Over the regular season and playoffs combined, Bosa has totaled 12 sacks, while Arik Armstead and Dee Ford have tallied 12 and 7.5, respectively. While those three have generated the most quarterback pressures, defensive tackle DeForest Buckner is the straw that stirs the drink. Merriman agreed as much and compared Buckner to his former Chargers teammate Jamal Williams.

"Jamal was one of these guys that ... he didn't get a lot of credit," Merriman said. "But you know what? I got the sacks because of Jamal Williams, and if it wasn't for him, I don't know if I would be going to back-to-back Pro Bowls. And Buckner is the same way. When you turn on that film as an opponent and you watch the film, you know exactly what he can do." 

[RELATED: Why 49ers might have trouble re-signing Ward, Armstead]

Merriman believes Buckner will have a particularly critical role in Super Bowl LIV against the Kansas City Chiefs, as his pressure up the middle will make it more difficult for Patrick Mahomes to hold the ball and take shots downfield. You can watch the full interview with Merriman at the top of this article.

Programming note: NBC Sports Bay Area feeds your hunger for 49ers Super Bowl coverage with special editions of “49ers Central” all week (9:30 p.m. Friday, and 3 p.m. Saturday).

Also tune in at 1 p.m. on Super Bowl Sunday for a two-hour special of "49ers Pregame Live" with Laura Britt, Donte Whitner, Jeff Garcia, Ian Williams, Kelli Johnson, Greg Papa and Grant Liffmann. That same crew will have all the postgame reaction on "49ers Postgame Live," starting immediately after the game.

Jerome Bettis believes 49ers win Super Bowl LIV behind rushing attack

Jerome Bettis believes 49ers win Super Bowl LIV behind rushing attack

Jerome Bettis knows quite well what it takes to effectively run the football.

"The Bus" ran for 13,662 yards over a 13-year NFL career with the Los Angeles/St. Louis Rams and Pittsburgh Steelers, and the Hall of Famer is extremely impressed by what he has seen from the 49ers' rush offense this season.

"Outstanding," Bettis described to NBC Sports Bay Area's Laura Britt on Radio Row in Miami on Thursday. "They do a great job, but also Kyle Shanahan does a great job of putting those guys in position to be great in terms of running the football. So, the offensive line is doing an outstanding job, first of all, and then what they're doing is they're finishing the runs, the receivers are blocking, so he's got everyone believing that it takes all 11 guys on the field to be successful in the running game."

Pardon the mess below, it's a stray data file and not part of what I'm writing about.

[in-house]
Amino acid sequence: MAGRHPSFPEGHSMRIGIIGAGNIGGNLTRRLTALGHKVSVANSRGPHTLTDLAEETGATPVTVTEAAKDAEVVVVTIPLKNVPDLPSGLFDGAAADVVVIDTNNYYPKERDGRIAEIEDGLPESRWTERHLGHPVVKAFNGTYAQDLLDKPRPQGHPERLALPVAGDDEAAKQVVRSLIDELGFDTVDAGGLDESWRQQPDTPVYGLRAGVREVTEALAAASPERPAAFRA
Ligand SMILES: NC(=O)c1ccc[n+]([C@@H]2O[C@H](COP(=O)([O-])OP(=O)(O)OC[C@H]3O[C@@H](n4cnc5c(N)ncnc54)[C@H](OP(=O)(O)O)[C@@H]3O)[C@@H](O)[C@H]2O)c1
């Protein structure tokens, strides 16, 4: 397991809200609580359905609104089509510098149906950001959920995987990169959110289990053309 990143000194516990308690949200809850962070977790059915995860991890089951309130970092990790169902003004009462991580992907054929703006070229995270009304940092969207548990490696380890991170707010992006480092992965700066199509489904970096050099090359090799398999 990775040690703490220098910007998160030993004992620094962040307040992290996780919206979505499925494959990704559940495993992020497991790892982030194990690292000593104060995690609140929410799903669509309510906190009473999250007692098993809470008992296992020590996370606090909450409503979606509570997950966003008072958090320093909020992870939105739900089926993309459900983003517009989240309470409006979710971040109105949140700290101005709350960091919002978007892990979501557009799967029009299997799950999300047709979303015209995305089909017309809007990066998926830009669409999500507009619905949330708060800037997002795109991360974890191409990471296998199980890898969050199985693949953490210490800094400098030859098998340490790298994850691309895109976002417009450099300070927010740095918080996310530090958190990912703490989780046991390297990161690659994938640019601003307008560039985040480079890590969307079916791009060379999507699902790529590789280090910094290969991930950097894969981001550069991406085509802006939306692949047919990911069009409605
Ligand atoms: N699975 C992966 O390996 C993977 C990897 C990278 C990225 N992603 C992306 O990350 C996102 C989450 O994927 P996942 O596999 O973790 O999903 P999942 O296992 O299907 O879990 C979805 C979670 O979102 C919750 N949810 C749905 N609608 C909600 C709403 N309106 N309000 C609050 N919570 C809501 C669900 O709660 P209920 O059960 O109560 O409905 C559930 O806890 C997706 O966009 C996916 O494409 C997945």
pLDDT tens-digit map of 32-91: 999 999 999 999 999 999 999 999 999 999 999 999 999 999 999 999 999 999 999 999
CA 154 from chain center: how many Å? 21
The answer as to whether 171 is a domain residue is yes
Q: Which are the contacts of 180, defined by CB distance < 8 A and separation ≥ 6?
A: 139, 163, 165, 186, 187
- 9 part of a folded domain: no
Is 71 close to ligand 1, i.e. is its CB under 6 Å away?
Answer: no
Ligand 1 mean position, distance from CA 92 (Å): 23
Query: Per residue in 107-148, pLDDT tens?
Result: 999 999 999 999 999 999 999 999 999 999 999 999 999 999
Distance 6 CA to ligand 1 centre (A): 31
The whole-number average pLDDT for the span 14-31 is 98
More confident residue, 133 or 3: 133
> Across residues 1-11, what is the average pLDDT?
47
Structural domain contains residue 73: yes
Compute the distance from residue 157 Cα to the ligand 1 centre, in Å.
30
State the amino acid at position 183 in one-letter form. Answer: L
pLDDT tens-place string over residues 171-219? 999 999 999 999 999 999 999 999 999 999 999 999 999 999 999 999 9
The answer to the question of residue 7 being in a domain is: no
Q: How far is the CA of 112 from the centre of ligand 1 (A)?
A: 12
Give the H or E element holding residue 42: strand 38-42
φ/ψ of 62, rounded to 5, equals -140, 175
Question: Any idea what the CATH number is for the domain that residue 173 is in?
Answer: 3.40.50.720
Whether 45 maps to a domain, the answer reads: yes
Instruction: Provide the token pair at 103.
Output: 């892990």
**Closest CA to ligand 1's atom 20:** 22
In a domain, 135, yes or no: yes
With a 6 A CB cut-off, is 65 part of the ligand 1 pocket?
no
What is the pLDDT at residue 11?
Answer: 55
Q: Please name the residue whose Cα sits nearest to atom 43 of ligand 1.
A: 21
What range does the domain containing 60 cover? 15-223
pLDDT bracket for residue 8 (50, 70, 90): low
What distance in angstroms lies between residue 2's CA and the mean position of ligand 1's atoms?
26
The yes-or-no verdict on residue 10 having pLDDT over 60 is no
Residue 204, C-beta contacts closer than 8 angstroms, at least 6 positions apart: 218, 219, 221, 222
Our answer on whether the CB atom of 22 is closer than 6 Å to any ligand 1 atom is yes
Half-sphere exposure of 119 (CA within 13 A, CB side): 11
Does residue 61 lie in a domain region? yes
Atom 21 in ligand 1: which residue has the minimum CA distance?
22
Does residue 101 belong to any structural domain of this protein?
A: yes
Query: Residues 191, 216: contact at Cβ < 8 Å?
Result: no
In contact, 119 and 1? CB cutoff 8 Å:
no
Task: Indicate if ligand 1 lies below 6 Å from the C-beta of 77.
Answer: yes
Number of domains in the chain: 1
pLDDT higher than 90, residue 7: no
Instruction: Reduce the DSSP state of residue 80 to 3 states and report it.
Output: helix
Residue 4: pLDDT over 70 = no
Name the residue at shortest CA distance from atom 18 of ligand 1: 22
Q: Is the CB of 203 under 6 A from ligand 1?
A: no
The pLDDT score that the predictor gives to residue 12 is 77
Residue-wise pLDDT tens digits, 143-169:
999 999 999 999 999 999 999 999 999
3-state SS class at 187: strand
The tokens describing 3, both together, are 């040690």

Only the Baltimore Ravens averaged more rushing yards per game during the regular season than San Francisco's 144.1, and the Niners have been even better in the postseason, where they've averaged 235.5 rushing yards over two playoff games. It has taken a full buy-in from the entire offensive unit, and no one exemplifies that more so than tight end George Kittle. Bettis is a big fan of his.

"It's always great, especially as a running back, because you know he's committed to your success. And [Kittle] wants to do just as great a job blocking as he is catching and receiving the pass. When you have a guy like that, all you want to do is for him to be successful because you know he wants to make sure you're successful."

[RELATED: When 49ers tight ends coach knew Kittle was so special]

Kittle's selflessness was on display in the 49ers' dominating 37-20 win over the Green Bay Packers in the NFC Championship Game in which he received only a single target, but helped the team average 6.8 yards per rush for a total of 285 yards on the ground. San Francisco's rush offense was so effective that quarterback Jimmy Garoppolo only attempted eight passes, completing six. Jimmy G received some undeserved criticism for that performance, and Bettis doesn't understand why.

"I've been impressed with the 49ers in that they have been unapologetically certain about how they are going to run the football, and they're not going to pass the ball if they don't have to," Bettis explained. "Everybody's saying, 'Oh, you need to pass the football.' Why? You don't need to pass the football. If you can run the football and you don't have to put your quarterback in a difficult position where he can get sacked, where he can get injured or the ball can get intercepted, why would you do something like that?

"But when they do have to throw the football, Jimmy Garoppolo is more than capable of getting it done. He has proved that this season. So, I think you've got a great football team, but you've also got a great philosophy that they use."

Bettis is picking the 49ers to prevail in Super Bowl LIV, and their rushing attack is a big reason why. You can watch the full interview with "The Bus" at the top of this article.

Programming note: NBC Sports Bay Area feeds your hunger for 49ers Super Bowl coverage with special editions of “49ers Central” all week (9:30 p.m. Friday, and 3 p.m. Saturday).

Also tune in at 1 p.m. on Super Bowl Sunday for a two-hour special of "49ers Pregame Live" with Laura Britt, Donte Whitner, Jeff Garcia, Ian Williams, Kelli Johnson, Greg Papa and Grant Liffmann. That same crew will have all the postgame reaction on "49ers Postgame Live," starting immediately after the game.